Over the past three or four years I feel like I’ve been on a journey of finding myself as a writer. I’ve been learning how to tailor my writing time and projects to fit my natural instincts, and sometimes trying to overcome my instincts if I feel like they aren’t serving me well. I’d like to share some of that journey with you, and maybe it can help you along your own journey.
Today I feel like revisiting a topic we discussed in one of our earliest podcasts, at the beginning of last year: Plotting vs. “Pantsing.” In other words, do you plot out your stories ahead of time, either mentally or in an outline, or do you write by the seat of your pants (a technique sometimes called “discovery writing”)?
I’ve experimented with both styles over the past few years to see which works best for my writer-self. For years, ever since my creative writing classes in college (no—I won’t admit how long ago that was) I’ve been attempting to write by the seat of my pants. I’d get a great idea, sit down, write a chapter or two, and get a little lost. Then I’d get frustrated. And then I’d think the whole story through in my mind until I’d figured out the most important details. But by then I’d be bored with the story or unhappy with the chapters I’d written and I’d give up. You’d think I’d have learned a long time ago that I’m more of a plotter/outliner, but instead I just decided that I needed to put up with a crappy first draft and push my way through it.
So that’s what I did—I started another novel, I stopped editing as I went, and I pushed my way through seat-of-my-pants style. But, as I wrote, I found myself making notes about things that needed to happen in future chapters so I wouldn’t forget. Before I finished even half of the manuscript I had a brief chapter-by-chapter outline.
I kept following inspiration as it struck—in true pantser mode—however, if my new inspiration altered the flow of the story I’d go through and update my outline before continuing. By the time I finished the manuscript and faced the daunting task of revising a manuscript that was written half by the seat of my pants and half according to an outline, I’d learned my lesson. I’m a plotter. I should have been a plotter all along. And nearly two years of laboriously revising that manuscript has solidified that realization. If I’d planned beforehand, I’d be done by now.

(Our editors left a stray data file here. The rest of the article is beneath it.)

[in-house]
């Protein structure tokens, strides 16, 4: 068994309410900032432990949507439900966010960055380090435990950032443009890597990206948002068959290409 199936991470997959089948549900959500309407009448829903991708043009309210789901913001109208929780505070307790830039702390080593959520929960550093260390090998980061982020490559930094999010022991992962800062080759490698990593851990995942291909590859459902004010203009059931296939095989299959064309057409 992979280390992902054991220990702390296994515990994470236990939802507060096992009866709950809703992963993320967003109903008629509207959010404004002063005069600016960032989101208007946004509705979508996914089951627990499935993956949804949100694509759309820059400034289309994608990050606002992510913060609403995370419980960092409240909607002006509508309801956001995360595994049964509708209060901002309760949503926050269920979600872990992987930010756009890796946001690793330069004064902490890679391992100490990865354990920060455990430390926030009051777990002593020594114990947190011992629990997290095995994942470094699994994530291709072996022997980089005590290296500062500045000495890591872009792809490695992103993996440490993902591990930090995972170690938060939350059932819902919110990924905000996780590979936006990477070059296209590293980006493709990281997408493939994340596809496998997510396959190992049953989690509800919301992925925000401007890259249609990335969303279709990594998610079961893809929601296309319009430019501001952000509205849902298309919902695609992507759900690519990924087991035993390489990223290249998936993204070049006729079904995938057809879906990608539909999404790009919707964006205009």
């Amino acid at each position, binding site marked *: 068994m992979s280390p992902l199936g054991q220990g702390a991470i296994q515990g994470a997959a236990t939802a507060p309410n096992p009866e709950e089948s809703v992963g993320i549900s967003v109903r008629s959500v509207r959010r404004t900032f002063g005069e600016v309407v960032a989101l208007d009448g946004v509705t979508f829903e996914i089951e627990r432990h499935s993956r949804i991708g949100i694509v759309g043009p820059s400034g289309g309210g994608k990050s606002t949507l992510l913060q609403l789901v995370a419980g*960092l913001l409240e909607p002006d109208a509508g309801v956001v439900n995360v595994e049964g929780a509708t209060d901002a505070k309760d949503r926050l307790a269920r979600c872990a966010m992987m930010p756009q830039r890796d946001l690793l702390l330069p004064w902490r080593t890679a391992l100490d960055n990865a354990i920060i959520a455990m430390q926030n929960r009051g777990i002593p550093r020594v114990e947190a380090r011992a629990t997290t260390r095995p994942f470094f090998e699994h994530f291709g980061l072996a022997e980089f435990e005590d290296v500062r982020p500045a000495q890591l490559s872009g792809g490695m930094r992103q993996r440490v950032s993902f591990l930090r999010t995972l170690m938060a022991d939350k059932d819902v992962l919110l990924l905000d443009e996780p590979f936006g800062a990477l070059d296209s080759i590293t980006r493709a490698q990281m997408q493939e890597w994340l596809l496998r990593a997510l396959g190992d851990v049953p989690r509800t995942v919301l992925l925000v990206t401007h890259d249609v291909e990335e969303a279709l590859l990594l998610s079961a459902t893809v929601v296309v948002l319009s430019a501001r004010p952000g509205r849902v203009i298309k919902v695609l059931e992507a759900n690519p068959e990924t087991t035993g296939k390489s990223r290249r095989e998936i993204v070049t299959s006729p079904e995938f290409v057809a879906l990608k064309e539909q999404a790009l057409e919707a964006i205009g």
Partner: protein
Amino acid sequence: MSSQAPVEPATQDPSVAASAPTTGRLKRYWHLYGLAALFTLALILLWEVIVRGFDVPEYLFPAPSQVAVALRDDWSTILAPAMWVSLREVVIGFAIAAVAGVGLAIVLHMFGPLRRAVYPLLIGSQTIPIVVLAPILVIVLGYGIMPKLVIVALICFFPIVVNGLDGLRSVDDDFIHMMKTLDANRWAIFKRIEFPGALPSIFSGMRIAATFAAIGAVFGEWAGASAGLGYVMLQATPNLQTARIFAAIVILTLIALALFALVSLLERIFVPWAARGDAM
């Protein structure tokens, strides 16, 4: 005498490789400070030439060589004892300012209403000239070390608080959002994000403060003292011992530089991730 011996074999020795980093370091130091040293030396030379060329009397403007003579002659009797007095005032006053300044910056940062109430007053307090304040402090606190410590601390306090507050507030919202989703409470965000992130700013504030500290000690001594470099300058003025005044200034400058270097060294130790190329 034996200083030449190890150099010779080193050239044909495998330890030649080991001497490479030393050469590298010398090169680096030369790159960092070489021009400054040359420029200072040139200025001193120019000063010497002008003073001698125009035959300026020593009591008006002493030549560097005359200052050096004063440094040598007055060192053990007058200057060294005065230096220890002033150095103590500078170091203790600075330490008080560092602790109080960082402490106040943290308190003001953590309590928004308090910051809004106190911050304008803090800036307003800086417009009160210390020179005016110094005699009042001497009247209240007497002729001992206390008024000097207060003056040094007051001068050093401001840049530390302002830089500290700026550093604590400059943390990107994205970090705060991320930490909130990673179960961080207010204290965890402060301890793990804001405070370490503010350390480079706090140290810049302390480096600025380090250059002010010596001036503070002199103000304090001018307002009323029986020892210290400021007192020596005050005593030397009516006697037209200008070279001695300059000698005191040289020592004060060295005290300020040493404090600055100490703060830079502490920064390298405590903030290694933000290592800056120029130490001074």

So with my latest projects I’m outlining and planning before I begin writing. So far my first draft of my latest novel is coming out more fully formed and polished the first time through, thanks to my outline. Even with some short stories I recently wrote, extensive pre-planning helped me churn out a more polished and effective first draft that needed only minor revision in just a few hours. The writing happens faster, and I’m way more satisfied with the result.
I think the key to this stage in discovering myself as a writer was being willing to experiment. I didn’t get stuck on the idea that I had to be a pantser or a plotter. I tried both ways until I found what worked best for the way my mind and my writing process works.
So don’t be afraid to experiment—don’t think it will waste your valuable time. In fact, it might just save you time in the long wrong.
Have you discovered whether you’re a plotter or a pantser yet? Share your stories in the comments.